If I put phrase this out in another way, would it be possible that one could broaden their numisatic knowledge by having such library? Of course, you have google, but such infomation are usually very limited, if not impossible to find. I mean for example, if you tried to find some trial coins, sure, you can find US trial coins easily, but not for other countries. But you know, you can't always keep on buying books... they are TOO expensive. Of course, you can say that the writers need a living too... but you know, how much of the money goes to them from such publication? Quite a fair bit goes to printing, doesn't it? :ninja:

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  Of course, you can say that the writers need a living too... but you know, how much of the money goes to them from such publication? Quite a fair bit goes to printing, doesn't it?

QX, I have long advocated an end to copyrights. In the citation to my work above, is this line: "In his book Electronic Life, author and screenwriter, Michael Crichton, states that it is inherent in the technology of both computing and video to copy and transfer information. Himself a big earner of copyright royalties, Crichton says that the present system is archaic."

 

It is not just that authors "need" a living. Everyone does. We write here for free because we have day jobs. What incentive would there be to write numismatic books, or to create any other work?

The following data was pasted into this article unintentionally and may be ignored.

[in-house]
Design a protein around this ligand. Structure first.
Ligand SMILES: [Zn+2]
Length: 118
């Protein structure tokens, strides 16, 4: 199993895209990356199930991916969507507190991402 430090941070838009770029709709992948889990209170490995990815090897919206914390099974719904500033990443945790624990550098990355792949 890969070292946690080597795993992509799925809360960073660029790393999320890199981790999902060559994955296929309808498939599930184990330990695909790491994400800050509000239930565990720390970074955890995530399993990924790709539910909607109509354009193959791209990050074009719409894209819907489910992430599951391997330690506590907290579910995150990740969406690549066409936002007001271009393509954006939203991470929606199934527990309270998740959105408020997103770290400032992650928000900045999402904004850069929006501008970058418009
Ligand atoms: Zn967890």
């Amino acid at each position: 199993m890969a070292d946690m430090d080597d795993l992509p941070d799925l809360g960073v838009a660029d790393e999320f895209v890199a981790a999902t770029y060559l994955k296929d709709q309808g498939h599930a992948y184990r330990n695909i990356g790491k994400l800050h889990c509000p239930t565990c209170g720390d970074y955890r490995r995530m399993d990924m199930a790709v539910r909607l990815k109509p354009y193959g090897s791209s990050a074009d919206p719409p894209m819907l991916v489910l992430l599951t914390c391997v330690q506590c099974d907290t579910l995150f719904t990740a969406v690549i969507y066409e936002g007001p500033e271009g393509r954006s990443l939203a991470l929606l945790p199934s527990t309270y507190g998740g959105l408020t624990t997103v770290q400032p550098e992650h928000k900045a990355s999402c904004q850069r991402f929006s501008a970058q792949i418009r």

With e-books, how would you pay writers?

 

Take Jorge Lueke's project. :ninja: Not only did he invest a lot of his own time, but he paid for help. If he were to put the Numismatist on a website for anyone to download for free, how would those clerical people get paid?

 

The clickable "paypal" escrow is one option. More directly, to read an e-book, you enter your credit card information. Then you can download it. That still leaves the problem of second-hand copying. Michael Crichton proposed getting around that by doing way with royalities completely and just paying all the artists more up front. ;) Pay them more up front and forget the residuals.

 

Fine. But Michael Crichton makes millions of dollars with his books and movies. So, coming up with millions more upfront is something to think about.

 

You rely on the Red Book, or Breen's Encyclopedia and they are far superior to online chatting. "What is this coin?" someone asks and we answer -- for free because we already paid for the books that paid the authors. We share information, but we do not create it. You have to pay the creators.

 

(2) Talk all you want about "how nice it would be... " but it is all just hot air. ;) How many here have actually downloaded or read any of the ebooks that I have mentioned in my columns? No one here has mentioned the one site everyone ought to know, and I can think of two more, besides.